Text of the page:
Chicago Bears to announce plans Wednesday for new domed stadium on lakefront

The Chicago Bears have set noon Wednesday to announce plans for a new domed stadium on the lakefront.

Team officials will make the announcement at Soldier Field, which would be demolished under the proposal.

In what will be a busy week for the team, the announcement will come one day before the Bears are scheduled to make the No. 1 pick in the NFL draft.

The team said it plans to present a “state-of-the-art, publicly owned enclosed stadium, along with additional green and open space with access to the lakefront for families and fans, on the Museum Campus.”

The team has pledged to spend $2 billion in private money for the project. The cost of the stadium is estimated at $2.5 billion to $3 billion, plus $1 billion for associated roads and other infrastructure.

The crucial question is how any taxpayer cost would be funded, and whether city and state lawmakers would approve that. Taxpayers were still on the hook for $631 million for Soldier Field debt as of last year.

The new site would be on what are now parking lots just south of Soldier Field. The colonnades from the old structure would be saved. The proposal is believed to potentially include a hotel and improved access to and from DuSable Lake Shore Drive.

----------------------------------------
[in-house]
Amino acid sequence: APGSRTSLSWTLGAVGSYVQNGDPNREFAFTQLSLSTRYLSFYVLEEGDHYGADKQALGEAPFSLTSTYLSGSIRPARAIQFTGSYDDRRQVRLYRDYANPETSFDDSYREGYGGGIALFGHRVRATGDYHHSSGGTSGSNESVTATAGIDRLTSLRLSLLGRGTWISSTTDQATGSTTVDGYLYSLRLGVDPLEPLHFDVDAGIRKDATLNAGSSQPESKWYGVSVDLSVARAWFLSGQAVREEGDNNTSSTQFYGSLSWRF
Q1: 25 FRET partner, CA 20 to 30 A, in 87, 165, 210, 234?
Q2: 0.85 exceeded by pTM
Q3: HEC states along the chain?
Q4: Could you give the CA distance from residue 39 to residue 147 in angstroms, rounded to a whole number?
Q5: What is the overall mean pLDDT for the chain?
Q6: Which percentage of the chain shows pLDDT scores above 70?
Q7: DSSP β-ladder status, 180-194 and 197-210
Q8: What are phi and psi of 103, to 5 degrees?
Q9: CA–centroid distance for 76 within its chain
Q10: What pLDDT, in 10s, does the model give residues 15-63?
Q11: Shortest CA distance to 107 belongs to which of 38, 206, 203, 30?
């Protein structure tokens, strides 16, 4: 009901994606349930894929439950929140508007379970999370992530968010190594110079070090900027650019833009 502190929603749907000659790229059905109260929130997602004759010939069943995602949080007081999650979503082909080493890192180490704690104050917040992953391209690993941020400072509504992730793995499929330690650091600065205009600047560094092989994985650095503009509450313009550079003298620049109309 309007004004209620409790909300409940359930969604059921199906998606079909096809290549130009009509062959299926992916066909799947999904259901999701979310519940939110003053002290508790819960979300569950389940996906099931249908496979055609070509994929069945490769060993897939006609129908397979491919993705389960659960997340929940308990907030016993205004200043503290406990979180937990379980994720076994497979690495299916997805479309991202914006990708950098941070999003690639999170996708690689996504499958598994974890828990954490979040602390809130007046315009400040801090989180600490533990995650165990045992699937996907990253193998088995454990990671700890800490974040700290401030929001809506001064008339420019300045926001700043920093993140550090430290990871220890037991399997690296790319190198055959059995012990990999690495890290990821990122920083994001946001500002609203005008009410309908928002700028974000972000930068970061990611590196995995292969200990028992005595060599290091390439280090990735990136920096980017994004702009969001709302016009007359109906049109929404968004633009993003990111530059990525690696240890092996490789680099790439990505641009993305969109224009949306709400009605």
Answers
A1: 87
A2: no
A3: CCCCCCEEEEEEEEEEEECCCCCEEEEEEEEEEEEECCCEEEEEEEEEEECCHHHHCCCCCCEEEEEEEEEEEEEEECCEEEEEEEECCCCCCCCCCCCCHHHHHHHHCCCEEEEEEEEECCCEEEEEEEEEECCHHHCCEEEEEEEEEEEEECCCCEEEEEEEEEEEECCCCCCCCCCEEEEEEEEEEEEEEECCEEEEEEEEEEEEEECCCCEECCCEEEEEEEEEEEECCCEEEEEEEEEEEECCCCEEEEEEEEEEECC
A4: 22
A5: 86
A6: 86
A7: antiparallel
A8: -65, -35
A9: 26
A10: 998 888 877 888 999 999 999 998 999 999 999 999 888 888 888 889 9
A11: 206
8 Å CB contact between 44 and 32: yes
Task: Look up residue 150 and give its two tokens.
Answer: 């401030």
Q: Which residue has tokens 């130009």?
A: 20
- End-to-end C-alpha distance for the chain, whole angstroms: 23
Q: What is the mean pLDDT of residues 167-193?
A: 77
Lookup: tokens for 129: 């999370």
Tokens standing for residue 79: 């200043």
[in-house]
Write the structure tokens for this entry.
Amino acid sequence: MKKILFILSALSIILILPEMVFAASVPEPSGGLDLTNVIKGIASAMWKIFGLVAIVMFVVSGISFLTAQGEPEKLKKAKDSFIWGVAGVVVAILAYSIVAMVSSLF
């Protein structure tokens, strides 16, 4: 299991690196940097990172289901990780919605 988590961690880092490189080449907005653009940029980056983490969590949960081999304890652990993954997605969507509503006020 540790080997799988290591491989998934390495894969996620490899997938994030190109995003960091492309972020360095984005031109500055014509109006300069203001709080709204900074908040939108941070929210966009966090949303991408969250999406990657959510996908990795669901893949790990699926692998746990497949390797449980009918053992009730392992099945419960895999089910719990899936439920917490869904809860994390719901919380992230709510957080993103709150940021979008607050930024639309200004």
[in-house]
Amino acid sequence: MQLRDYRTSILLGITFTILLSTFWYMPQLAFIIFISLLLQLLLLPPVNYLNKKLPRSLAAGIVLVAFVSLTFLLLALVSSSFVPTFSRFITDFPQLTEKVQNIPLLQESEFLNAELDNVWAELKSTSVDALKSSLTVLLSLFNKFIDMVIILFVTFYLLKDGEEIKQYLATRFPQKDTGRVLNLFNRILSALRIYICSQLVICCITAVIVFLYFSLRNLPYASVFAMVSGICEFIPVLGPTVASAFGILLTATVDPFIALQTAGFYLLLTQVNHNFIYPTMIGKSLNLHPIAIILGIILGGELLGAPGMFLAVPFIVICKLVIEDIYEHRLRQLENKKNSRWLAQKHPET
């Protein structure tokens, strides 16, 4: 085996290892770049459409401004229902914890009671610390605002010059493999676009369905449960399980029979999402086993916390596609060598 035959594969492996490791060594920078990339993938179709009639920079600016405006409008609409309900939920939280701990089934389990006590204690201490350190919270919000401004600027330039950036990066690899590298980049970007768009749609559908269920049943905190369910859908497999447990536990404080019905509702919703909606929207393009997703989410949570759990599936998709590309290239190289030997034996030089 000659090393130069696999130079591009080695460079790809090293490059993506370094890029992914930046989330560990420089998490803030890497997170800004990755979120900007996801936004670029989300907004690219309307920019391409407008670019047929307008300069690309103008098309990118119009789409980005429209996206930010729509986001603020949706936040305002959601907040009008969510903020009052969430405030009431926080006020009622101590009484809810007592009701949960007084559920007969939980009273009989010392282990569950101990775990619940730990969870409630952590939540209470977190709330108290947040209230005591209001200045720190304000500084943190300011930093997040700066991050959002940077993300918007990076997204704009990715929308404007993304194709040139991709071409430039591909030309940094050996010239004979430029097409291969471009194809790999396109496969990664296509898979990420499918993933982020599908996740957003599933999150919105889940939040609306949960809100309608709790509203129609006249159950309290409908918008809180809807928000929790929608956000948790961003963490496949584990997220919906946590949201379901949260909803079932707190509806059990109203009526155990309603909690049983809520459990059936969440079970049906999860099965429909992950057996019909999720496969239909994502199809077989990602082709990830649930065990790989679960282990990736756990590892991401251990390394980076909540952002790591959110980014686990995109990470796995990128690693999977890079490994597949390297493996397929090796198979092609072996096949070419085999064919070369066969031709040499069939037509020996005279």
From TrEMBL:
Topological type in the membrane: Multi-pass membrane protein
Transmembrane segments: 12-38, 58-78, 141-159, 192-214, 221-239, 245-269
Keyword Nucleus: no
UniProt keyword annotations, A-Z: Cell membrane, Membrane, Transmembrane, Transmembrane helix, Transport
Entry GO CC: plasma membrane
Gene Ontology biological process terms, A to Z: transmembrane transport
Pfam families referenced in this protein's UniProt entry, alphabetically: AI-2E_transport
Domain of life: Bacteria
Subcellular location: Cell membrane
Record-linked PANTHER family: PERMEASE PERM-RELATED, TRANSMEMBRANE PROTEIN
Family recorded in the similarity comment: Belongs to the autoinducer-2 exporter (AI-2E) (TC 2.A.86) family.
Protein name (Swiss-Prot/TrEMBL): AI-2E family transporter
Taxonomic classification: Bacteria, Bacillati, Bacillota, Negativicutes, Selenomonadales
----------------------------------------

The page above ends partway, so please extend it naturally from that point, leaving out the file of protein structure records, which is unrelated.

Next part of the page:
The Bears bought the former Arlington International Racecourse in Arlington Heights for $197 million last year, and announced plans for a $5 billion mixed-use development with a stadium, housing and entertainment. But the team switched focus back to Chicago this year after property tax negotiations with local school districts broke down.

Several other communities, including Naperville and Aurora, also expressed interest in luring the Bears.

Mayor Brandon Johnson’s office declined to comment Monday, but he has recently spoken about having promising conversations with Warren and hinted at unspecified benefits that Chicago would reap from the team’s continued presence downtown.

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During an unrelated news conference last Wednesday, the mayor again said “ownership has to put some skin in the game” when asked about the ongoing jockeying for new stadiums by the Bears as well as other Chicago sports teams such as the White Sox. He also maintained there would be no new taxes to help out the franchises.

“If we’re going to build 21st century stadiums, we have to make sure that that investment is activating the entire city of Chicago, and these conversations particularly with the Bears have been quite positive,” Johnson said. “I appreciate the leadership of Kevin Warren. … But no, we have not made any commitments to any new forms of revenue.”

The last part of his statement was in response to a question about a rejected proposal from the White Sox, first reported by Crain’s Chicago Business, to use part of the amusement tax to fund new stadiums for the Bears and White Sox, to which Johnson on Wednesday said, “We didn’t like the idea, it was that simple.”

Gov. J.B. Pritzker has said he is not inclined to spend public money on a private business.

Tribune reporter Alice Yin contributed.